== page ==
KN: Now some of them have seen it, yes - and now they realise that it makes sense. Because when we shot, the script was in English because we had to raise funds…and also, Tibetans never had the tradition of writing scripts in Tibetan. I mean I can't possibly write KITCHEN - INTERIOR - NIGHT in Tibetan! (all laugh)

ALU: Well then how did you work that with the actors….?
KN: I just told them on the spot, this is the line you have to say and this is your mood. That's all; none of them knew the story. They vaguely knew it was about football and a famous event that happened … football itself is not strange to them. There was an incident three World Cups ago like that in the film . . . when I was in a disciplinary role in the same region and discovered some young monks sneaked out…. and next morning I had to explain to the older monks what football is! They can't understand the concept of 20 nations gathered over there . . about a ball!

ALU: You certainly managed to elicit some terrific performances from your inexperienced cast . . .
KN: I must say, my actors saved my film - a lot (all laugh)!

ALU: Just touching on the cinematography, Paul - it's a naturalistic look . . . but what was the most important thing for you in delivering Khyentse's vision?
PW: The most important thing for me was to know the script intimately. It was written in English but spoken in Tibetan which I don't understand. So the ruling thing was to let the script breathe - to have its time and space. And to find the frames to allow the performances and performers to inhabit that frame. And it's a real functioning monastery; we didn't have the power and back up to dress it - the restrictions were what determined what we had. And I die a thousand deaths every time I see it! (all laugh)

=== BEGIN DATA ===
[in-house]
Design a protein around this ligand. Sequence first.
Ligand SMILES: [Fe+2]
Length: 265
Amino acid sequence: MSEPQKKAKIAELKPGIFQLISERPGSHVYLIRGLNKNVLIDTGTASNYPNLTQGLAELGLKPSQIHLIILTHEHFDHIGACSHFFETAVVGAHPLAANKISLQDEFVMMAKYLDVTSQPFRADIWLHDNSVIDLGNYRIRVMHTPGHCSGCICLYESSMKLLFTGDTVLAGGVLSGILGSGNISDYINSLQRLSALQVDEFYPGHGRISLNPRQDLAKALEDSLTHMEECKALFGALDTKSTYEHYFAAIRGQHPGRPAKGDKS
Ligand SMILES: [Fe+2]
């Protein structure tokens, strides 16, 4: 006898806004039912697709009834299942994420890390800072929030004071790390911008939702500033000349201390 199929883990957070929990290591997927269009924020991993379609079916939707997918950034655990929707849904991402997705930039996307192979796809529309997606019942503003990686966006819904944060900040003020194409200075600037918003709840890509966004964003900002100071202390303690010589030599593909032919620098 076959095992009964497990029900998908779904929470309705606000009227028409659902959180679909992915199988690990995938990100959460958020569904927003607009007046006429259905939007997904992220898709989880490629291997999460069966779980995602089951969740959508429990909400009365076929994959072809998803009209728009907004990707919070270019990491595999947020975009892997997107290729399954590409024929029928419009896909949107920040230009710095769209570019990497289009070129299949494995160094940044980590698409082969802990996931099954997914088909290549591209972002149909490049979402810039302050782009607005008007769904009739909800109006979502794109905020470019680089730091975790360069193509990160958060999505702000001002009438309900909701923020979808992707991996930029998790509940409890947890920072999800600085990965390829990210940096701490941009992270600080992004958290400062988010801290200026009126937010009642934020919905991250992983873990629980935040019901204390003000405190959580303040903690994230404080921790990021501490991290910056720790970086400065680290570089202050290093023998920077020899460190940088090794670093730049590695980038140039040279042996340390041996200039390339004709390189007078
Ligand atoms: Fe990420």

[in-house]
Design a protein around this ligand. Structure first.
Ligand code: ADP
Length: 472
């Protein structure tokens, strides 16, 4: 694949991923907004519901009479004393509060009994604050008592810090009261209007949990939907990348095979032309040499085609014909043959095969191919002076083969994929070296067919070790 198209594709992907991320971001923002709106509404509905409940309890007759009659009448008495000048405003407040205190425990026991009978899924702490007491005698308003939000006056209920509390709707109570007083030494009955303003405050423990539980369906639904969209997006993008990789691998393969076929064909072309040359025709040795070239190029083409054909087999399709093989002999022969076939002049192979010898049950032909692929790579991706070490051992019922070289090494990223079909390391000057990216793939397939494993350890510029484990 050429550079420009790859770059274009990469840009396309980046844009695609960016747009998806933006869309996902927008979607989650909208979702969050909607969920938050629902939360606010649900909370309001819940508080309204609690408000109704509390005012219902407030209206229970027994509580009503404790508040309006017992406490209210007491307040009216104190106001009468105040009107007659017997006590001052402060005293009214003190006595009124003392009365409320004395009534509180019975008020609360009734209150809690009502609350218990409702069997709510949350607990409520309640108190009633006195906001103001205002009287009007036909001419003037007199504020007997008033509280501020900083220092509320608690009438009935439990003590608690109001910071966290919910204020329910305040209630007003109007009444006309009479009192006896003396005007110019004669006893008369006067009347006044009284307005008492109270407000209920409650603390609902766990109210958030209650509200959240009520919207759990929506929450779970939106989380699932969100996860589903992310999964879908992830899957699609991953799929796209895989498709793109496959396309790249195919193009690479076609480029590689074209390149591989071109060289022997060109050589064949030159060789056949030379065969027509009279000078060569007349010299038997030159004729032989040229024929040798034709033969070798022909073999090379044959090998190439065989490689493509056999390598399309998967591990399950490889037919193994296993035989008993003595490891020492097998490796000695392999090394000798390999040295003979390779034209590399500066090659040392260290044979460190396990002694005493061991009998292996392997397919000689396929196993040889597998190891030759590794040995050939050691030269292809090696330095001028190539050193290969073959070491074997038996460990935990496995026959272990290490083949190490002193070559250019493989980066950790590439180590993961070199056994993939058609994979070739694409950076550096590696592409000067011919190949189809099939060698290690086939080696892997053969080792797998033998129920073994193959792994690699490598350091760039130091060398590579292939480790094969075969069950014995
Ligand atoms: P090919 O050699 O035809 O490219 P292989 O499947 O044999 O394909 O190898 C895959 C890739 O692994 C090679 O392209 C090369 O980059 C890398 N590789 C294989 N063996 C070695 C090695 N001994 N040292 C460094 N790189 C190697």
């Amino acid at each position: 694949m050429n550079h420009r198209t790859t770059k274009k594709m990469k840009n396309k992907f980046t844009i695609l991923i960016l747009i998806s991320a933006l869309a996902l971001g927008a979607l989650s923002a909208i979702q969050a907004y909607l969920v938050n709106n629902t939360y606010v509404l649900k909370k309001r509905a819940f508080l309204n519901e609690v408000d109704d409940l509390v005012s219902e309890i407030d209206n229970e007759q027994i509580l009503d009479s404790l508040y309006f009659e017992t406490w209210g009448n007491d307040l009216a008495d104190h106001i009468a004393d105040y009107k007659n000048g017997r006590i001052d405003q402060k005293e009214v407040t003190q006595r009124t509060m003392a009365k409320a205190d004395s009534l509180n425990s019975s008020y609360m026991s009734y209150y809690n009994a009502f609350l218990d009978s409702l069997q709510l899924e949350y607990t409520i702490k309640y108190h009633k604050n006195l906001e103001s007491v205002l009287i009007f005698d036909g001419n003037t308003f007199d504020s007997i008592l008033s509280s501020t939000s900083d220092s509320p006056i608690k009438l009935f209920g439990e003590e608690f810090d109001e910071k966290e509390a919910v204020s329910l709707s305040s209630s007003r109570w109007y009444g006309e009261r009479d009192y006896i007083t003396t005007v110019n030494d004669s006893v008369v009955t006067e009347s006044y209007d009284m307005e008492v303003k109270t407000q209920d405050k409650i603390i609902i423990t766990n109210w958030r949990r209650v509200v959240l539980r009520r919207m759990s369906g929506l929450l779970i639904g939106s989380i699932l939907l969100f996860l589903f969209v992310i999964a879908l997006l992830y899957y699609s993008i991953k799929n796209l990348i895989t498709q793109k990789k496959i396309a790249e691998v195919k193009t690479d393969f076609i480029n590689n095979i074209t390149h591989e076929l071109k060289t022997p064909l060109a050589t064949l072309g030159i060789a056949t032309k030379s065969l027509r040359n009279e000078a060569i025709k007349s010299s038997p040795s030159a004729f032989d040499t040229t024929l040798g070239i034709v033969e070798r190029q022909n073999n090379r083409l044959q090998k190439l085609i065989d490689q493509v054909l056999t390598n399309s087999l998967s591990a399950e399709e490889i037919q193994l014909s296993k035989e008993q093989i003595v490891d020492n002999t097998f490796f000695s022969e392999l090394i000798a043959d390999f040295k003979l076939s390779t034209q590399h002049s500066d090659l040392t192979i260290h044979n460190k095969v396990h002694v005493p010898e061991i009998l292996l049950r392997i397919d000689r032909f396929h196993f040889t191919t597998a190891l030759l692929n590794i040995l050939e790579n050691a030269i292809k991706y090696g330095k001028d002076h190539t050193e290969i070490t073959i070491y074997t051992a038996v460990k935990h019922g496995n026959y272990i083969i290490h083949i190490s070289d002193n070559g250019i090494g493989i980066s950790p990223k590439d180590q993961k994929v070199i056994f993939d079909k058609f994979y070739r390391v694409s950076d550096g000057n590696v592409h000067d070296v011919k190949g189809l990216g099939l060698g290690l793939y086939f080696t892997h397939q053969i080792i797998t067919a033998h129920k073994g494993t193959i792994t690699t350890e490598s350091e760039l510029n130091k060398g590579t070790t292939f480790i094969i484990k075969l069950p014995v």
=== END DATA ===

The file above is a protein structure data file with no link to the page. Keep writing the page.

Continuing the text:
ALU: Well, the film has been very well received critically - it's now about to open in Australia; where else, Raymond?
RS: It's been sold to US and England and all the European countries, Japan . . . and it's in 24th week in Germany already. But it's an arthouse film and in the US they don't like reading subtitles, but it's still doing very well. Everyone has got their money back and they're happy.

ALU: And at that point, let's segue into the next question for Khyentse: what will be your next film?
KN: I don't know . . . I have some vague ideas but nothing firm as yet.

ALU: But there will be one?
KN: Yes….but not necessarily about monastic life.

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Khyentse Norbu



Inspired by real events, The Cup is set in a Tibetan monastery-in-exile in India, which receives two young Tibetan refugee boys (two of the thousands sent by their families out of Tibet to avoid the crushing oppression of China) to be trained and ordained. Before long, the earnest young monks are thrown into the fever of the looming world soccer cup. Young monk Orgyen (Jamyang Lodro) is the mischievous organsising force that leads the soccer-mad monks on a surreptitious midnight pilgrimage to the nearest tv set. Once caught, the monks are in danger of expulsion as the Final nears, unless Orgyen can cook up a scheme - and get the abbot's approval.


* The Cup won the Best Film Award (plus $50,000 cash which has never been paid) at the inaugural (perhaps only) Noosa Film Festival in September 1999.